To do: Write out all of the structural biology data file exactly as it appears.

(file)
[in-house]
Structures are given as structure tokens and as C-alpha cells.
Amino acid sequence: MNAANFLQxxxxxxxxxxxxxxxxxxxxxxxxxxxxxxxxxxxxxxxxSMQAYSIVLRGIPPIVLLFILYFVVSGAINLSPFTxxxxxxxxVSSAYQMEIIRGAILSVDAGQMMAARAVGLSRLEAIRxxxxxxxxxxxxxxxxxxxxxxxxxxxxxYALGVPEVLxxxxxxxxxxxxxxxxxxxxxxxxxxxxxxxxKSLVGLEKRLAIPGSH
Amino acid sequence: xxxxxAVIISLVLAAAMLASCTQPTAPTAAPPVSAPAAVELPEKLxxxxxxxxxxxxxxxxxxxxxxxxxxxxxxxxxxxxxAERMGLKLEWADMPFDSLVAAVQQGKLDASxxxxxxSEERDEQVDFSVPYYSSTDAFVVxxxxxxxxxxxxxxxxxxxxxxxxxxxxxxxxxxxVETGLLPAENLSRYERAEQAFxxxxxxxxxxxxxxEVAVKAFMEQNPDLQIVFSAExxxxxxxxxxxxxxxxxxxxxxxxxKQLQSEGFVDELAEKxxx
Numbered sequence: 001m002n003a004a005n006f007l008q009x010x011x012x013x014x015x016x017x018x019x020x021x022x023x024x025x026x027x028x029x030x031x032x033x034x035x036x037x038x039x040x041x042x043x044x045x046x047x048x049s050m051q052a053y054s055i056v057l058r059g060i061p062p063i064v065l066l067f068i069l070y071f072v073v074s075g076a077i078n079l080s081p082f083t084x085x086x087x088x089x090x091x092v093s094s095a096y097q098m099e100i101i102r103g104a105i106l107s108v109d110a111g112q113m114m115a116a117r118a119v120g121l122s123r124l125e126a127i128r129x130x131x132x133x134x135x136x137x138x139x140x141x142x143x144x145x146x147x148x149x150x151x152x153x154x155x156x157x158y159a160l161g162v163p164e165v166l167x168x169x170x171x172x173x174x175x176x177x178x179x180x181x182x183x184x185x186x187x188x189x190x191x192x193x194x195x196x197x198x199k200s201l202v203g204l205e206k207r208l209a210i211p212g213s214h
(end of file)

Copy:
[in-house]
Structures are given as structure tokens and as C-alpha cells.
Amino acid sequence: MNAANFLQxxxxxxxxxxxxxxxxxxxxxxxxxxxxxxxxxxxxxxxxSMQAYSIVLRGIPPIVLLFILYFVVSGAINLSPFTxxxxxxxxVSSAYQMEIIRGAILSVDAGQMMAARAVGLSRLEAIRxxxxxxxxxxxxxxxxxxxxxxxxxxxxxYALGVPEVLxxxxxxxxxxxxxxxxxxxxxxxxxxxxxxxxKSLVGLEKRLAIPGSH
Amino acid sequence: xxxxxAVIISLVLAAAMLASCTQPTAPTAAPPVSAPAAVELPEKLxxxxxxxxxxxxxxxxxxxxxxxxxxxxxxxxxxxxxAERMGLKLEWADMPFDSLVAAVQQGKLDASxxxxxxSEERDEQVDFSVPYYSSTDAFVVxxxxxxxxxxxxxxxxxxxxxxxxxxxxxxxxxxxVETGLLPAENLSRYERAEQAFxxxxxxxxxxxxxxEVAVKAFMEQNPDLQIVFSAExxxxxxxxxxxxxxxxxxxxxxxxxKQLQSEGFVDELAEKxxx
Numbered sequence: 001m002n003a004a005n006f007l008q009x010x011x012x013x014x015x016x017x018x019x020x021x022x023x024x025x026x027x028x029x030x031x032x033x034x035x036x037x038x039x040x041x042x043x044x045x046x047x048x049s050m051q052a053y054s055i056v057l058r059g060i061p062p063i064v065l066l067f068i069l070y071f072v073v074s075g076a077i078n079l080s081p082f083t084x085x086x087x088x089x090x091x092v093s094s095a096y097q098m099e100i101i102r103g104a105i106l107s108v109d110a111g112q113m114m115a116a117r118a119v120g121l122s123r124l125e126a127i128r129x130x131x132x133x134x135x136x137x138x139x140x141x142x143x144x145x146x147x148x149x150x151x152x153x154x155x156x157x158y159a160l161g162v163p164e165v166l167x168x169x170x171x172x173x174x175x176x177x178x179x180x181x182x183x184x185x186x187x188x189x190x191x192x193x194x195x196x197x198x199k200s201l202v203g204l205e206k207r208l209a210i211p212g213s214h